TSR: And we are talking about police statements in any case, not trials or convictions?

MPR: No, no, in no case do we get to trials or convictions. We analysed it at the level of police investigation because what we were interested in was to try to analyse these types of cases in order to improve police effectiveness in the most difficult cases to investigate, than only when the victim previously knew her attacker.

TSR: So we are talking about 400 police statements from the Civil Guard and the National Police from all over Spain in 2010, with no trials or convictions?

MPR: Exactly.

TSR: In that sample, specifically on that page, because you are the author of the controversial page in question, which has now been used in political debate, page 36 of 53 in the document, what did you discover in your information, in your data?

MPR: Well, we discovered many things. The report is very extensive, no, obviously we channel the classification of the sexual attacker, to an unknown victim. And within those classifications there were many types, obviously, because there were sexual assaults, that were just one attack, we also had serial sex offenders, which is also a category, a complicated classification, especially in terms of the police investigation. And we also had some cases where sexual assault had been committed by several attackers. We had different types, with different characteristics, and then, within all those results, we also proposed a model to somehow try to improve the effectiveness of that police investigation. But well, of course, obviously all of that was a very extensive report.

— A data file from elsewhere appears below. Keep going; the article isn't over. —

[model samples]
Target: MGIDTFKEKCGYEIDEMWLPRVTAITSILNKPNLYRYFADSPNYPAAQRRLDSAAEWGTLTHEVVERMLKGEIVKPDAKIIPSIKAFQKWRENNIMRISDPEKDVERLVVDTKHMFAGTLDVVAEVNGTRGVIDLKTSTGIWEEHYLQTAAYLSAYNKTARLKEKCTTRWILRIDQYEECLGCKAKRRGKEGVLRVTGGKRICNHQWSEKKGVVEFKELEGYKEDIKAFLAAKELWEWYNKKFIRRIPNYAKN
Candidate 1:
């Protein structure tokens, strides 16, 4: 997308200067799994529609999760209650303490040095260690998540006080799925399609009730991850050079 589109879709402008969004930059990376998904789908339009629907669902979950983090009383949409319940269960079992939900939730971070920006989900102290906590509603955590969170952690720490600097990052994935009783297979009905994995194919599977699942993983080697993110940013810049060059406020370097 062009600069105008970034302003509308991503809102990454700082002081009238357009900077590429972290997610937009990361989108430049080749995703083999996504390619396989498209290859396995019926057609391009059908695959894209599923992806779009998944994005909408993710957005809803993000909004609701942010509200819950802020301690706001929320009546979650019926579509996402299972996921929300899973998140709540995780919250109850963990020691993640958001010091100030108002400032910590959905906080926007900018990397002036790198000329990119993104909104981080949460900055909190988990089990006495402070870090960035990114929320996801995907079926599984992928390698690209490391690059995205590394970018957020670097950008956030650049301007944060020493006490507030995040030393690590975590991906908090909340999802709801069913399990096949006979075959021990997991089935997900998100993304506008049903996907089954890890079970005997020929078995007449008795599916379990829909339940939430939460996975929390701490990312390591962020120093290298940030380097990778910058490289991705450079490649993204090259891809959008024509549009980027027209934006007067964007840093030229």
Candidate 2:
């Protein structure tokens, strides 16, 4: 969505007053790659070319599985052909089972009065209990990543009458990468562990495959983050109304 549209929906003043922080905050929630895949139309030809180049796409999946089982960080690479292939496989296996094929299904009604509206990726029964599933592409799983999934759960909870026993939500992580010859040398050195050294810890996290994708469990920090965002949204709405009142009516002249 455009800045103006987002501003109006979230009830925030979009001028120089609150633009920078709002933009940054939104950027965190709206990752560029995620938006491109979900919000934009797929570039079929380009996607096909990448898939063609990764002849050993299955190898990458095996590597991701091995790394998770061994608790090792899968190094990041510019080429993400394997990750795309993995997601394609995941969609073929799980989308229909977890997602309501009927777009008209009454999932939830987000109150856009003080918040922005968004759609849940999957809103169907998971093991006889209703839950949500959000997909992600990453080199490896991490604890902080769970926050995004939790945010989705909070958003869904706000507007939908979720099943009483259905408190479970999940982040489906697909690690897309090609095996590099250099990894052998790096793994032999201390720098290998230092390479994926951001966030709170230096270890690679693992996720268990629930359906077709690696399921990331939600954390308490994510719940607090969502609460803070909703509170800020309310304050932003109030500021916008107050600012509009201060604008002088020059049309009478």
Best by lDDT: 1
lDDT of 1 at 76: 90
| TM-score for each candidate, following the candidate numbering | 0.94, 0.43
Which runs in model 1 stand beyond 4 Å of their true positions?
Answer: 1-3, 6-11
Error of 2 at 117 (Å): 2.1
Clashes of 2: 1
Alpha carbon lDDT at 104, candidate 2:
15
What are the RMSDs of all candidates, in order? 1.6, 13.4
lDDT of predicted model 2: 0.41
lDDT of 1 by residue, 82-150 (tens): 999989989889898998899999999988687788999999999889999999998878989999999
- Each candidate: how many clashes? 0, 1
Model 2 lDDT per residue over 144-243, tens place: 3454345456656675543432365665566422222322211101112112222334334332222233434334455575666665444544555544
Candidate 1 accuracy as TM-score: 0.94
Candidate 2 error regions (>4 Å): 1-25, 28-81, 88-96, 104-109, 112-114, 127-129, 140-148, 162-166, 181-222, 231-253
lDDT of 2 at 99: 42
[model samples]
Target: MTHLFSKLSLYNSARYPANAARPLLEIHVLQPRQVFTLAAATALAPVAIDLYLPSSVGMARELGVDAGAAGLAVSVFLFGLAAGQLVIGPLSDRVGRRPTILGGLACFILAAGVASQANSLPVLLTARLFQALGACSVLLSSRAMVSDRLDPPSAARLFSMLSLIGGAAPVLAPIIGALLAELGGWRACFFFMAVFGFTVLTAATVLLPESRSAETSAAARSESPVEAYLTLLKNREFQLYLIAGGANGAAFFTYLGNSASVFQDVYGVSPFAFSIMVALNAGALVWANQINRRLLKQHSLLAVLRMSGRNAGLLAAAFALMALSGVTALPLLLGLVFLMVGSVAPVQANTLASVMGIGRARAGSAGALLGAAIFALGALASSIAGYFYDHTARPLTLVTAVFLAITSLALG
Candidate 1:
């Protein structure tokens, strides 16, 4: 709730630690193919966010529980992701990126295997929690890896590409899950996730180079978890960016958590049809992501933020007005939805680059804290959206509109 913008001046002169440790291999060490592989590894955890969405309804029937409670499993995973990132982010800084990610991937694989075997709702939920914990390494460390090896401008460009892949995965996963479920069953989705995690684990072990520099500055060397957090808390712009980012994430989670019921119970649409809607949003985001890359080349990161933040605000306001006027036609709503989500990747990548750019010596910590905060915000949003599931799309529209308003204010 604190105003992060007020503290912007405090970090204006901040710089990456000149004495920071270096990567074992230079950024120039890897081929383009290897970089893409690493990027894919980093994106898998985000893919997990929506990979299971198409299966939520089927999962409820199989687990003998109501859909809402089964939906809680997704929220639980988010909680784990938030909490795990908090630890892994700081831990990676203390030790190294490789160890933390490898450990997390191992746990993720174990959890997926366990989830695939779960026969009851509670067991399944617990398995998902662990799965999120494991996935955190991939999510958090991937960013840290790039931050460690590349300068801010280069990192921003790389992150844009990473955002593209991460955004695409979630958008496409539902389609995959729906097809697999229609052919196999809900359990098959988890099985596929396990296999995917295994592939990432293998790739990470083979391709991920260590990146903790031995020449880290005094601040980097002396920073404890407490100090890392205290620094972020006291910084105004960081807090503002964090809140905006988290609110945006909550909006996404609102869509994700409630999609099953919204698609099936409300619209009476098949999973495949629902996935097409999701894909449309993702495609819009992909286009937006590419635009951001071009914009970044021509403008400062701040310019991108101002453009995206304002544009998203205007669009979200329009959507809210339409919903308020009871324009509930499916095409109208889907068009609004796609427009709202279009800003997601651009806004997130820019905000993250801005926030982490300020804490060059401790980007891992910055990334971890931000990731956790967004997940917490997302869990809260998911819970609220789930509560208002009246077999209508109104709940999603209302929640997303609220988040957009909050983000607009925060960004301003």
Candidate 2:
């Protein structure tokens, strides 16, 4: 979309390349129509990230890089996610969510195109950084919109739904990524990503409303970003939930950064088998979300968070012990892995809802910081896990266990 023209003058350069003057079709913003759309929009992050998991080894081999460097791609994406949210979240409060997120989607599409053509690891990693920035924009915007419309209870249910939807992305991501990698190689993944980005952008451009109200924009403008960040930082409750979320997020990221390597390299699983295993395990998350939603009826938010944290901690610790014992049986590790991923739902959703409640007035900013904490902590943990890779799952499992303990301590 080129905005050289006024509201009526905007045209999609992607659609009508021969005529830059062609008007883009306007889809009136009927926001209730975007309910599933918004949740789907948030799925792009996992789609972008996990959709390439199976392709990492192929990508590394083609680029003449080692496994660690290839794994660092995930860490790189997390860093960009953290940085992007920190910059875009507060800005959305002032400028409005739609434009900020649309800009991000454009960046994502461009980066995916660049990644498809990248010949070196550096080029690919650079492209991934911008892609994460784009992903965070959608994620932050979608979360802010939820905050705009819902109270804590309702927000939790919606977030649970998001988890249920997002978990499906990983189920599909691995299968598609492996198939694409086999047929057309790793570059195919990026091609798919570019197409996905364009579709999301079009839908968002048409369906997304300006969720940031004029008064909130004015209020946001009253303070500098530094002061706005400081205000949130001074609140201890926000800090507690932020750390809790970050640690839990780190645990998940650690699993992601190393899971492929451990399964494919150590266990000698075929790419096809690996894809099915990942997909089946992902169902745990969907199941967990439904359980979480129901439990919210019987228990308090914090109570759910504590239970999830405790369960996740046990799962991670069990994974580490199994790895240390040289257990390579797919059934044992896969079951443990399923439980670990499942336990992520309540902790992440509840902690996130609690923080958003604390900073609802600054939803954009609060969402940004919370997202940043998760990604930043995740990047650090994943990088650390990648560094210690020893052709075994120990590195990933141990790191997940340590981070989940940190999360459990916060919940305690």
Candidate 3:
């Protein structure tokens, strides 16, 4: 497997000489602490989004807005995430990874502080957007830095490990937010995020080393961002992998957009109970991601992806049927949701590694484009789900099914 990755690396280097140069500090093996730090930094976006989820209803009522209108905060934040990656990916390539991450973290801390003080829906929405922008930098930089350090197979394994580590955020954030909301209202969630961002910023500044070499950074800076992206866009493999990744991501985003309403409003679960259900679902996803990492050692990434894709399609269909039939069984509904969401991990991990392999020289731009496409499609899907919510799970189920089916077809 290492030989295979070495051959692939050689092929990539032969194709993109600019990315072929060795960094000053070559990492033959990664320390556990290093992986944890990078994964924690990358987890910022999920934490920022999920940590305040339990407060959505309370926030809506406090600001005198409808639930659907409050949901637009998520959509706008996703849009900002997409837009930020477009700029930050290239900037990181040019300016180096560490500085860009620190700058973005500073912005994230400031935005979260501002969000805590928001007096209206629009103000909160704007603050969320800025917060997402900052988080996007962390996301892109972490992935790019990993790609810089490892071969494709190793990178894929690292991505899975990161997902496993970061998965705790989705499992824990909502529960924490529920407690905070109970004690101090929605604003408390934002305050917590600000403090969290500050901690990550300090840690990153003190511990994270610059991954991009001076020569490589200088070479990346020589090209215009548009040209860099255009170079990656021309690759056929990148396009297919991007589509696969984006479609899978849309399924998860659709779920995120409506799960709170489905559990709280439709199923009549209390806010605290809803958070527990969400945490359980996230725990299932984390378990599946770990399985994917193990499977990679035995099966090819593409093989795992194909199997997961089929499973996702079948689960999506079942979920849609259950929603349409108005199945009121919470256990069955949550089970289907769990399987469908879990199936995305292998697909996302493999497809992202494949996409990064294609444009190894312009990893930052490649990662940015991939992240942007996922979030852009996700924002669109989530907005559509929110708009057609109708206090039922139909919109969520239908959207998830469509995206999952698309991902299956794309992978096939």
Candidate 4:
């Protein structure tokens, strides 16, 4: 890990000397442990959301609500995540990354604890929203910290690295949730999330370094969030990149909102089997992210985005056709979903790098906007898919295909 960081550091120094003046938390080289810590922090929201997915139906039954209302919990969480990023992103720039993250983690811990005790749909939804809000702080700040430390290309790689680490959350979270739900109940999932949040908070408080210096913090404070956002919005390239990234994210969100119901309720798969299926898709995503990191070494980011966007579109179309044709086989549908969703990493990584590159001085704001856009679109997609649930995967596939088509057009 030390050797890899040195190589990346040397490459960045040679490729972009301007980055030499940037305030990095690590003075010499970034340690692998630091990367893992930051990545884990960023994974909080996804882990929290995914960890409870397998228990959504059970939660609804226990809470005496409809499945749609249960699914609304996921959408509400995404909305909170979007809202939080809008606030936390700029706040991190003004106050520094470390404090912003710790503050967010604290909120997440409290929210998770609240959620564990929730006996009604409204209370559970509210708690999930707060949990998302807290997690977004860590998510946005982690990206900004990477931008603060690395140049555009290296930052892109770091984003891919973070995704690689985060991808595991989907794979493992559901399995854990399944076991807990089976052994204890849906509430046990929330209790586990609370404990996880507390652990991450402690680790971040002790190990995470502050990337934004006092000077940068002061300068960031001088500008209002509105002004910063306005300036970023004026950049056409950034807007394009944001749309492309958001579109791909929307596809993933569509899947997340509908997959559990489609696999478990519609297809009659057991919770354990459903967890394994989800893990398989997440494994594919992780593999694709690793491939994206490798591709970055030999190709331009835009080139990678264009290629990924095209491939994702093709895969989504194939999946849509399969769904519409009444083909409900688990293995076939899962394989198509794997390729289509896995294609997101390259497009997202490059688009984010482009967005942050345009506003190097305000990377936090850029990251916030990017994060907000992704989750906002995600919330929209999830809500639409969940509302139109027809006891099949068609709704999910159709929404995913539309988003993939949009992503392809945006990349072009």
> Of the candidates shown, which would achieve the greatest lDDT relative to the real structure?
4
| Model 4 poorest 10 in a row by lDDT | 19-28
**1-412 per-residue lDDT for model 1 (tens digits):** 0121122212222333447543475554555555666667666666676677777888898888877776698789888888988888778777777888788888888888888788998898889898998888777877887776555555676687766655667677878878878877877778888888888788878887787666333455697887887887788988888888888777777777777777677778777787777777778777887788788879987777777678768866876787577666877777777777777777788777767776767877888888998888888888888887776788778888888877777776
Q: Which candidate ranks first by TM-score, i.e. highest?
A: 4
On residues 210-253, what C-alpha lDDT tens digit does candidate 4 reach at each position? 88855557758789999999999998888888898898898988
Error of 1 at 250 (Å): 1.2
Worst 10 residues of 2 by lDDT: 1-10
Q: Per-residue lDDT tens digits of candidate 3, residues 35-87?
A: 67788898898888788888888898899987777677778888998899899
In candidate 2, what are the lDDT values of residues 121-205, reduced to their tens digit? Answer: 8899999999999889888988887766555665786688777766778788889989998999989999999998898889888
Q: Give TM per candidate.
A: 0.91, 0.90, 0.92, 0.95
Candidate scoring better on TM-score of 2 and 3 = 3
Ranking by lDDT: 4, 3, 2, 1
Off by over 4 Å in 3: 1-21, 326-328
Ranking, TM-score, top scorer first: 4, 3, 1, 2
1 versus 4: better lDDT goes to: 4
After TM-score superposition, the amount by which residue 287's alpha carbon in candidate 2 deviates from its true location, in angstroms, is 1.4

TSR: And when you talk about group sexual assaults, with more than one attacker, how many people are we talking about?

MPR: We consider at a scientific level that the attacks that happen in a group are when there is more than one attacker, that is, two or more people would already be a group attack, a group assault.

TSR: And in the statements…

MPR: More than one.

TSR: Yes, and in the statements you analysed, the 400 statements you analysed with an unknown victim, in which the victim did not know her attacker, how many were group attacks?

MPR: Less than 20%, less than 20% of all those cases had been committed by two or more people.

TSR: Less than 20%, fewer than 80 cases?

MPR: Yes.

TSR: And of those 80 cases, or fewer than 80 cases, what did you discover?

MPR: Well, within that classification of group sexual assaults, when the victim is not known to the attacker, what we saw is that generally the attackers were younger, compared to, for example, the category of only a single assault or even [xxxx], which were younger and that, in general, the attacks occurred with greater severity, obviously, because there were more attackers, and with more violence, and that also there was a significant percentage of people who came from other countries.

TSR: Were there more people from other countries who committed group attacks than Spaniards?

MPR: Yes, yes, there was the higher percentage of people who came from other countries in this subcategory.

TSR: In this subcategory, of this particular study, talking about 2010?

MPR: Correct.

TSR: And at the level of acquaintances and strangers, of attackers known to the victim and attackers unknown to the victim, was there also a relationship there, you were saying, between Spaniards and foreigners?